Following step 118, or after step 116 if the object management unit 42 determines that no acceptance function is to be registered, the message transaction unit 44 determines in step 120 whether a client task 32 has issued a send message request. If so, the message transaction unit 44 responds to the send message request in step 122. After step 122, or after step 120 if no send message request has been issued, the message transaction unit 44 determines in step 124 whether a server task has issued a receive message request. If a server task 34 has issued a receive message request, the message transaction unit 44 responds to the receive message request in step 126. If in step 124 the message transaction unit 44 determines that no receive message request has been issued, or after step 126, the message transaction unit 44 determines in step 128 whether a reply has been issued. If so, the message transaction unit performs reply operations in step 130. Following step 130, or following step 128 if no reply has been issued, the message transaction unit 44 determines whether a server task 34 has issued a combined receive-and-reply message request in step 132. If so, the message transaction unit 44 performs the reply operations indicated in the receive-and-reply message request in step 134, after which the message transaction unit 44 responds to the receive portion of the receive-and-reply message request in step 136. After step 136, or after step 132 if step 134 is not performed, the message transaction unit 44 determines whether operation is to terminate. If operation is to continue, the preferred method proceeds to step 100. Otherwise, the preferred method ends.

Referring now to FIGS. 12A, 12B, and 12C, a flowchart of a preferred method for responding to a send message request is shown. The preferred message passing method begins in step 200 with the message transaction unit 44 decoding the message object ID specified in the send message request. Next, in step 202, the message transaction unit 44 determines whether the message object ID is valid. If the message object ID is invalid, the message transaction unit 44 returns an invalid ID error to the client task 32 that issued the send message request in step 204, after which the preferred method ends. If the message object ID is valid, the message transaction unit 44 proceeds to step 206 and determines whether the message object 52 to which the send message request is directed is locked. If the message object 52 is locked, the message transaction unit 44 blocks the sending client task 32 until the message object 52 is unlocked in step 208. The blocking performed by the message transaction unit 44 prevents the client task 32 from performing further operations. After step 208, or after step 206 if step 208 is not performed, the message transaction unit 44 determines in step 210 whether the send message request specifies that the message object is to be locked as a result of the message transaction initiated. If so, the message transaction unit 44 issues a corresponding lock request to the locking unit 46 in step 212. After step 212, or after step 210 if step 212 is not performed, the message transaction unit 44 generates a unique message ID to correspond to the message transaction initiated by the send message request, and creates a send MCB corresponding in type to the send message request type in step 214.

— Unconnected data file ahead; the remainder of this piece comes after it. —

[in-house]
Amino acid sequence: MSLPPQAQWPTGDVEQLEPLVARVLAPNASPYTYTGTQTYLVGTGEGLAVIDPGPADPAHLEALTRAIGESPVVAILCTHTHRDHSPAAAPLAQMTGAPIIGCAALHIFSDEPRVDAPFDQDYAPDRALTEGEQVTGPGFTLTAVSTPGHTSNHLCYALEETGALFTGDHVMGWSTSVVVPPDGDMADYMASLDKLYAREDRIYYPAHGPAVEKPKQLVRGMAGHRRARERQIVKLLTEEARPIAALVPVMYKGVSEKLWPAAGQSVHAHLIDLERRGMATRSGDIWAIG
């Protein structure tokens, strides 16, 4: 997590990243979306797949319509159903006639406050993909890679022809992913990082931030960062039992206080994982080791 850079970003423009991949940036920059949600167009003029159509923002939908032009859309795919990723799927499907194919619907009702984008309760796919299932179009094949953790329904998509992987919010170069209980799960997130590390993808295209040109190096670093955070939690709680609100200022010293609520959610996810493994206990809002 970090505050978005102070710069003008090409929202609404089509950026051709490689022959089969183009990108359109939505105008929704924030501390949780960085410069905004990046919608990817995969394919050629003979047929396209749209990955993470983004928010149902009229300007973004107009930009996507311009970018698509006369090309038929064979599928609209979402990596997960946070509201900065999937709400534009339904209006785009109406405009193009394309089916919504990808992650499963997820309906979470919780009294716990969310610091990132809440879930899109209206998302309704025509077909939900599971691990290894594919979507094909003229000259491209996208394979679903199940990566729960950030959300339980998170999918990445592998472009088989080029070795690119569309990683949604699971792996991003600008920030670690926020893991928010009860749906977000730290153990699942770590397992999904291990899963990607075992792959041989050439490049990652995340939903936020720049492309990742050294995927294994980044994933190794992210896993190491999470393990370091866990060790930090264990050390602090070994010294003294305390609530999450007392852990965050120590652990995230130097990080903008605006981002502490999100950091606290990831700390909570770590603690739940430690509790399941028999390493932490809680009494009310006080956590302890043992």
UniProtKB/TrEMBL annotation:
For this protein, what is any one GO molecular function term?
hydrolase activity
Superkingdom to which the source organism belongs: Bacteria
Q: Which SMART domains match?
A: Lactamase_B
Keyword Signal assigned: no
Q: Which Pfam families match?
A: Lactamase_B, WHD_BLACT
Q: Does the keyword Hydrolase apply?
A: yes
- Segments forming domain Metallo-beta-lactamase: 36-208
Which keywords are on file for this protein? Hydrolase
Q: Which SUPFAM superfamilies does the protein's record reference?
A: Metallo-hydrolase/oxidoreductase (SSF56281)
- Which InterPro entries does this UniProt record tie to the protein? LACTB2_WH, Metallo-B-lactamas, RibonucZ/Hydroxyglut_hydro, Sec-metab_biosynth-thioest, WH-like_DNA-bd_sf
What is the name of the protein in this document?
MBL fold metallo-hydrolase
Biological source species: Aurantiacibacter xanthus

Next, in step 216, the message transaction unit 44 determines whether an acceptance function specifying a message type that matches the message type in the send MCB has been registered with the port object 54. If an acceptance function has been registered, the message transaction unit 44 creates a delivery MCB 80 in the client task's address space in step 218. Preferably, the delivery MCB 80 is created in the microkernel-accessible portion of the client task's address space. Following step 218, the message transaction unit 44 passes a pointer to the delivery MCB 80 to the acceptance function in step 220. Next, the message transaction unit 44 inserts a reference to the send MCB in the pending reply message list within the port object 54 in step 222.